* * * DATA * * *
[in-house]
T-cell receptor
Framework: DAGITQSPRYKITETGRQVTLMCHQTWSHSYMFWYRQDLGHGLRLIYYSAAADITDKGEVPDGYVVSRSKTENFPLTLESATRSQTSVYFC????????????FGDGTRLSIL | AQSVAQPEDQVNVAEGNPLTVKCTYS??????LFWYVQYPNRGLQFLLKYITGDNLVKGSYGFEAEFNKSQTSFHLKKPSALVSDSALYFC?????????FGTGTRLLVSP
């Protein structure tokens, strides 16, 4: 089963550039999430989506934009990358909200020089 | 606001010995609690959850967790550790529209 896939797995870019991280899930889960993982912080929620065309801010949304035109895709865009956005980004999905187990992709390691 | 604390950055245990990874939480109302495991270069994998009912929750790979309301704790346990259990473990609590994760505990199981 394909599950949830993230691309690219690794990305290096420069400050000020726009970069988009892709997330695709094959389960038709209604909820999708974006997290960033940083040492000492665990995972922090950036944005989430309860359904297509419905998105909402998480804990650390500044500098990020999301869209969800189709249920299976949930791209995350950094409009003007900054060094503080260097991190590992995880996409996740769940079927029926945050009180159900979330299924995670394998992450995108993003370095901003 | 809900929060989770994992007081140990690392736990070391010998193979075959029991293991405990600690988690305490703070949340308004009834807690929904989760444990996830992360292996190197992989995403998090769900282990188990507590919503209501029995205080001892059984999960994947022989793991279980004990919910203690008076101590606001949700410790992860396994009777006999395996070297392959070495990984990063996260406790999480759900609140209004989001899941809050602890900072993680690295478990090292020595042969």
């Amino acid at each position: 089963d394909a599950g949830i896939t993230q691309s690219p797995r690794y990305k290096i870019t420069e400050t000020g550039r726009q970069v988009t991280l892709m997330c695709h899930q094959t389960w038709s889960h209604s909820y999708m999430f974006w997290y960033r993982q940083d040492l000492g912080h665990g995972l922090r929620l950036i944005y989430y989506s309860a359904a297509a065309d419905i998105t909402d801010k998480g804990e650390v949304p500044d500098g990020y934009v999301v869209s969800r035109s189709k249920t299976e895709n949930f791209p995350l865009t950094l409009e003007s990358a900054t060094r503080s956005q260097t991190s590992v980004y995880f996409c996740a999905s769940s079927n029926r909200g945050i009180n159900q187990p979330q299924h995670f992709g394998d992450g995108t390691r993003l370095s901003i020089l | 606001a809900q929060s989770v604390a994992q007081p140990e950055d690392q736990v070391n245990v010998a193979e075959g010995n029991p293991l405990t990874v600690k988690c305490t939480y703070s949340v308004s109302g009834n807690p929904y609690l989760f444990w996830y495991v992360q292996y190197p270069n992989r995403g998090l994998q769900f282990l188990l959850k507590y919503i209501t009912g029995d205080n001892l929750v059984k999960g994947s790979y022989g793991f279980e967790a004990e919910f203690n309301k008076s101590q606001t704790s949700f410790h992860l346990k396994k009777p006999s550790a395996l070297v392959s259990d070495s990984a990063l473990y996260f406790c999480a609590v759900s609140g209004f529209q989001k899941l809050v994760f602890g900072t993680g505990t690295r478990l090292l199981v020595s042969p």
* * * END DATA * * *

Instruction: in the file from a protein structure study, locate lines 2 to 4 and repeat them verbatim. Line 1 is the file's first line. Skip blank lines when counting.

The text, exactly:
T-cell receptor
Framework: DAGITQSPRYKITETGRQVTLMCHQTWSHSYMFWYRQDLGHGLRLIYYSAAADITDKGEVPDGYVVSRSKTENFPLTLESATRSQTSVYFC????????????FGDGTRLSIL | AQSVAQPEDQVNVAEGNPLTVKCTYS??????LFWYVQYPNRGLQFLLKYITGDNLVKGSYGFEAEFNKSQTSFHLKKPSALVSDSALYFC?????????FGTGTRLLVSP
């Protein structure tokens, strides 16, 4: 089963550039999430989506934009990358909200020089 | 606001010995609690959850967790550790529209 896939797995870019991280899930889960993982912080929620065309801010949304035109895709865009956005980004999905187990992709390691 | 604390950055245990990874939480109302495991270069994998009912929750790979309301704790346990259990473990609590994760505990199981 394909599950949830993230691309690219690794990305290096420069400050000020726009970069988009892709997330695709094959389960038709209604909820999708974006997290960033940083040492000492665990995972922090950036944005989430309860359904297509419905998105909402998480804990650390500044500098990020999301869209969800189709249920299976949930791209995350950094409009003007900054060094503080260097991190590992995880996409996740769940079927029926945050009180159900979330299924995670394998992450995108993003370095901003 | 809900929060989770994992007081140990690392736990070391010998193979075959029991293991405990600690988690305490703070949340308004009834807690929904989760444990996830992360292996190197992989995403998090769900282990188990507590919503209501029995205080001892059984999960994947022989793991279980004990919910203690008076101590606001949700410790992860396994009777006999395996070297392959070495990984990063996260406790999480759900609140209004989001899941809050602890900072993680690295478990090292020595042969």